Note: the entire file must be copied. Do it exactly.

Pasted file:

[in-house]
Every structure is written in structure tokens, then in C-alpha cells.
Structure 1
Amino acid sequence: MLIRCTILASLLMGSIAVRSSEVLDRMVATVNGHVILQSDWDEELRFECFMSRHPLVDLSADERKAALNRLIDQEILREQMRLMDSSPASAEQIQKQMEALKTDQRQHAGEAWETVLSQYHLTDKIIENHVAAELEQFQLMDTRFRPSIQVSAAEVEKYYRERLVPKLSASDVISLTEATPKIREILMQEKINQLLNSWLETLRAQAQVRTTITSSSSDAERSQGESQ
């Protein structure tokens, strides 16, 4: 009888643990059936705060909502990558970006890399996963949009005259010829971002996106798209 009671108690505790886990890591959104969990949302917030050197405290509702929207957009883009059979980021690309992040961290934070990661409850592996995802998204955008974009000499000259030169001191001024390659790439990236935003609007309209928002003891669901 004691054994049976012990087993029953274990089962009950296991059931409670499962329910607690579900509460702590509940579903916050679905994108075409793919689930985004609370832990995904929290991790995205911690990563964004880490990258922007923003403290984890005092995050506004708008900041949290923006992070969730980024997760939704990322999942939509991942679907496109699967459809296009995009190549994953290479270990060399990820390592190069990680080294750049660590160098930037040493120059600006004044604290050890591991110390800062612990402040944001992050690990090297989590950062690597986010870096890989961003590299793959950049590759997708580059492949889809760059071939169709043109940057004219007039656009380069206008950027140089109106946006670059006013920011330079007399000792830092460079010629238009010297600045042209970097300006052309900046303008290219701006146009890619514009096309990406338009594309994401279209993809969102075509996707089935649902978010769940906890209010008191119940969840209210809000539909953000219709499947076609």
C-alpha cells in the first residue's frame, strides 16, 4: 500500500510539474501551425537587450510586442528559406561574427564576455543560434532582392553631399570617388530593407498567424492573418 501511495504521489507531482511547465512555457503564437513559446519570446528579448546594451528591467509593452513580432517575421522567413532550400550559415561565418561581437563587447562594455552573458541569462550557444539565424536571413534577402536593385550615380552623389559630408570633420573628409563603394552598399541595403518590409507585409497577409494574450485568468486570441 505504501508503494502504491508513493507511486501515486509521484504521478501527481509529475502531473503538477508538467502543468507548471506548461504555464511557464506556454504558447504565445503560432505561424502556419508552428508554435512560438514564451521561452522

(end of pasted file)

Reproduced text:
[in-house]
Every structure is written in structure tokens, then in C-alpha cells.
Structure 1
Amino acid sequence: MLIRCTILASLLMGSIAVRSSEVLDRMVATVNGHVILQSDWDEELRFECFMSRHPLVDLSADERKAALNRLIDQEILREQMRLMDSSPASAEQIQKQMEALKTDQRQHAGEAWETVLSQYHLTDKIIENHVAAELEQFQLMDTRFRPSIQVSAAEVEKYYRERLVPKLSASDVISLTEATPKIREILMQEKINQLLNSWLETLRAQAQVRTTITSSSSDAERSQGESQ
């Protein structure tokens, strides 16, 4: 009888643990059936705060909502990558970006890399996963949009005259010829971002996106798209 009671108690505790886990890591959104969990949302917030050197405290509702929207957009883009059979980021690309992040961290934070990661409850592996995802998204955008974009000499000259030169001191001024390659790439990236935003609007309209928002003891669901 004691054994049976012990087993029953274990089962009950296991059931409670499962329910607690579900509460702590509940579903916050679905994108075409793919689930985004609370832990995904929290991790995205911690990563964004880490990258922007923003403290984890005092995050506004708008900041949290923006992070969730980024997760939704990322999942939509991942679907496109699967459809296009995009190549994953290479270990060399990820390592190069990680080294750049660590160098930037040493120059600006004044604290050890591991110390800062612990402040944001992050690990090297989590950062690597986010870096890989961003590299793959950049590759997708580059492949889809760059071939169709043109940057004219007039656009380069206008950027140089109106946006670059006013920011330079007399000792830092460079010629238009010297600045042209970097300006052309900046303008290219701006146009890619514009096309990406338009594309994401279209993809969102075509996707089935649902978010769940906890209010008191119940969840209210809000539909953000219709499947076609």
C-alpha cells in the first residue's frame, strides 16, 4: 500500500510539474501551425537587450510586442528559406561574427564576455543560434532582392553631399570617388530593407498567424492573418 501511495504521489507531482511547465512555457503564437513559446519570446528579448546594451528591467509593452513580432517575421522567413532550400550559415561565418561581437563587447562594455552573458541569462550557444539565424536571413534577402536593385550615380552623389559630408570633420573628409563603394552598399541595403518590409507585409497577409494574450485568468486570441 505504501508503494502504491508513493507511486501515486509521484504521478501527481509529475502531473503538477508538467502543468507548471506548461504555464511557464506556454504558447504565445503560432505561424502556419508552428508554435512560438514564451521561452522